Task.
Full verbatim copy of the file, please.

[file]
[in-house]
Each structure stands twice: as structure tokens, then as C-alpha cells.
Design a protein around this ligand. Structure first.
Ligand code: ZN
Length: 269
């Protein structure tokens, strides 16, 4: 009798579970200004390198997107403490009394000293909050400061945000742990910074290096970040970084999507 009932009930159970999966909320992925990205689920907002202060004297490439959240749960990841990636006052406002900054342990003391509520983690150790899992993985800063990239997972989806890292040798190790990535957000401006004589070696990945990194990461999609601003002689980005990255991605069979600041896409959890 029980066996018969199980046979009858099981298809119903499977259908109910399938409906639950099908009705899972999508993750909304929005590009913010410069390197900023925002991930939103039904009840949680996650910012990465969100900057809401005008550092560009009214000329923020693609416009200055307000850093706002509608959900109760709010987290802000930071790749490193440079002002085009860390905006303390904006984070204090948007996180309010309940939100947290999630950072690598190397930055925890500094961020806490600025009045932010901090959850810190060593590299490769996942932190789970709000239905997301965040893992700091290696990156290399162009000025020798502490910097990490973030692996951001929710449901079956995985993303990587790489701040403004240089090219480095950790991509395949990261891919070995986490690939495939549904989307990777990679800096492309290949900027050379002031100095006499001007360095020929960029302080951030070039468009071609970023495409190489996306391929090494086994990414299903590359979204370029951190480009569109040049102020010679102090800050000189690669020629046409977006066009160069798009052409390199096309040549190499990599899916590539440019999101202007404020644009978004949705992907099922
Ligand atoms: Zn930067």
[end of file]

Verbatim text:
[in-house]
Each structure stands twice: as structure tokens, then as C-alpha cells.
Design a protein around this ligand. Structure first.
Ligand code: ZN
Length: 269
């Protein structure tokens, strides 16, 4: 009798579970200004390198997107403490009394000293909050400061945000742990910074290096970040970084999507 009932009930159970999966909320992925990205689920907002202060004297490439959240749960990841990636006052406002900054342990003391509520983690150790899992993985800063990239997972989806890292040798190790990535957000401006004589070696990945990194990461999609601003002689980005990255991605069979600041896409959890 029980066996018969199980046979009858099981298809119903499977259908109910399938409906639950099908009705899972999508993750909304929005590009913010410069390197900023925002991930939103039904009840949680996650910012990465969100900057809401005008550092560009009214000329923020693609416009200055307000850093706002509608959900109760709010987290802000930071790749490193440079002002085009860390905006303390904006984070204090948007996180309010309940939100947290999630950072690598190397930055925890500094961020806490600025009045932010901090959850810190060593590299490769996942932190789970709000239905997301965040893992700091290696990156290399162009000025020798502490910097990490973030692996951001929710449901079956995985993303990587790489701040403004240089090219480095950790991509395949990261891919070995986490690939495939549904989307990777990679800096492309290949900027050379002031100095006499001007360095020929960029302080951030070039468009071609970023495409190489996306391929090494086994990414299903590359979204370029951190480009569109040049102020010679102090800050000189690669020629046409977006066009160069798009052409390199096309040549190499990599899916590539440019999101202007404020644009978004949705992907099922
Ligand atoms: Zn930067």